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The Channels

The news site of Santa Barbara City College.

The Channels

The news site of Santa Barbara City College.

The Channels

COVID-19 pandemic helped show true value of service employees

The Channels Opinion Pages | STAFF COLUMN
Shoppers line up around Trader Joes’s to prepare for social distancing as the grocery chain limits the capacity of shoppers from 10-25 at a time on Tuesday morning, March 17, 2020, at Trader Joe’s on N Milpas Street in Santa Barbara, Calif.

I’ve worked at Trader Joe’s for nearly four years. 

It was my first job, I applied when I was 16 and I’ve been there ever since. What I thought would be a summer job I’d hold on to for some extra cash turned out to be the place where I would meet some of my closest friends. 

And I can confidently say, even after all these years, I’ve never seen anything like what COVID-19 is doing to our store. 

The first few days of initial panic were exciting, albeit chaotic. There was no system in place, and the shelves were bare by the time I clocked in for my closing shift at 2 p.m. All ten registers were typically open, about seven people deep until around 6 p.m., and after that it was dead. 

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There was no product for any of us to work, nothing to do except deep clean, which the entire crew did in bulk. I don’t think there’s a square inch of that store that hasn’t been disinfected. 

It came to the point where if a customer asked if we had a certain product in the back, the default answer would be “if it’s not on the shelf, we’re out.” 

It became clear that something would have to change. The closing crew would consistently finish closing tasks before the store was even closed. 

Eventually, the over-buying led to a change in “trading hours” for an indefinite amount of time. A significant change, three hours of business lost to the wind. 

The empty shelves day after day became a bit ominous, and things were bleak. 

Each day the virus’s reach stretched further, with each development meriting a new guideline for our store. 

To aid the nationwide push for social-distancing, we limited the amount of customers in our store to around forty, keeping a line at the front of the store. 

Every time a customer exited, someone would be allowed in. 

Once in the store, every other register would be open- the one next to it being subject to a deep clean, switching every hour.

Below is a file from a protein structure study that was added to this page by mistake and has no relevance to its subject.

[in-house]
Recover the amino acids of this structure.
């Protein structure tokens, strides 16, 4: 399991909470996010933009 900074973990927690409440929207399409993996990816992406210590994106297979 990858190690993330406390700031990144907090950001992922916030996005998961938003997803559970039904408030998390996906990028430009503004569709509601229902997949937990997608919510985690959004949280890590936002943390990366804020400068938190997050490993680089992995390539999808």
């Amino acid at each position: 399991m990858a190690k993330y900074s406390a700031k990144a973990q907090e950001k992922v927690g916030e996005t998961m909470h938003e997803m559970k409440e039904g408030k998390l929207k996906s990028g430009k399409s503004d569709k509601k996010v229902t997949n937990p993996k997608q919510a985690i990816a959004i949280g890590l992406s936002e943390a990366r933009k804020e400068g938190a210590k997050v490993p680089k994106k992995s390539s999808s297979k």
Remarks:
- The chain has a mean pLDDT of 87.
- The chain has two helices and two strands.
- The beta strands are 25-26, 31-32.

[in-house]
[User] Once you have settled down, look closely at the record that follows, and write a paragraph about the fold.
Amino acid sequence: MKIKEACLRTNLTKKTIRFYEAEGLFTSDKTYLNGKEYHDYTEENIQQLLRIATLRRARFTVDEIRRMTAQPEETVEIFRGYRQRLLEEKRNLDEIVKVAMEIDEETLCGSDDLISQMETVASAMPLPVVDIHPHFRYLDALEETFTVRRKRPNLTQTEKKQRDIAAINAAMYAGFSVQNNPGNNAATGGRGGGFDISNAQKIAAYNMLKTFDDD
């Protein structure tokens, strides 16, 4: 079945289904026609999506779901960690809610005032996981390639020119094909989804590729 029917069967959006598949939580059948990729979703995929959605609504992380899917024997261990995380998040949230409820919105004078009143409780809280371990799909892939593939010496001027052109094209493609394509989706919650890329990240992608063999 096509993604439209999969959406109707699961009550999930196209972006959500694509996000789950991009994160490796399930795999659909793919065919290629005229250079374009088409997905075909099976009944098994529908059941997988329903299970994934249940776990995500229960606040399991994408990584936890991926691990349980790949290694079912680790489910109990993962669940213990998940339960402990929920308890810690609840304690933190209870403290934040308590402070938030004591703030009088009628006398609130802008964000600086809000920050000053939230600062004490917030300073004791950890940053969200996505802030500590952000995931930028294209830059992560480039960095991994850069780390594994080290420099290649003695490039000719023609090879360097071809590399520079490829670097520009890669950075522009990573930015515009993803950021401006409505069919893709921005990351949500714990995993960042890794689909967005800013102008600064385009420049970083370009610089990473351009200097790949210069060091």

At first, I thought that this new system would cause pandemonium and even further panic. 

Buying limits on items were instituted. Initially, no more than three of the same item, then the same day, no more than two. 

The front of the store almost resembled a theme park. The line of customers eager to do their shopping, unaware of the disappointment that would meet them as they realized that we too were out of toilet paper, wrapped around the block.  

To my surprise, the change went over as smoothly as could be asked for. 

One night after hours, we all went outside and traced each other’s feet in sidewalk chalk six feet apart to help remind shoppers to keep a healthy distance between one another while waiting in line. 

Never in my nearly four years of working at Trader Joe’s had I been consistently thanked for doing my job. 

This isn’t to say that on any other day patrons were rude, it’s quite the opposite honestly. 

But the constant smiles and friendly remarks made me realize the difference that companies like Trader Joe’s were making during this crisis. 

Suddenly, our tasks seemed much greater than directing customers to the frozen aisle for some pre-made pie crust. 

It made me feel like me and my fellow crew members were a part of something much larger, keeping the cogs of society turning while Americans across the country were sheltering in place. 

Service workers like grocery store employees are often written off as unskilled, but in a worldwide event like this, they’re listed as “essential.”

It’s time for that idea to change. 

Maintaining a safe and calm atmosphere in a place as imperative as a grocery store during a global pandemic is a skill, and it serves as a microcosm of society that is still functioning more or less the same. 

As we all got used to these new rules and guidelines, a bit of normalcy began to return to Trader Joe’s.

Buying limits on items meant items on the shelf and product to work. A full shelf of apples was a sight for sore eyes, a reminder that the bare aisles signifying end times just days before weren’t permanent. 

Who knows how long all of this will carry on. 

And at the end of the day, we’re just another neighborhood grocery store. 

But working through all this has given me an appreciation of the work we do beyond selling boxes of cereal, and it’s weird that it took a deadly disease to point that out. 

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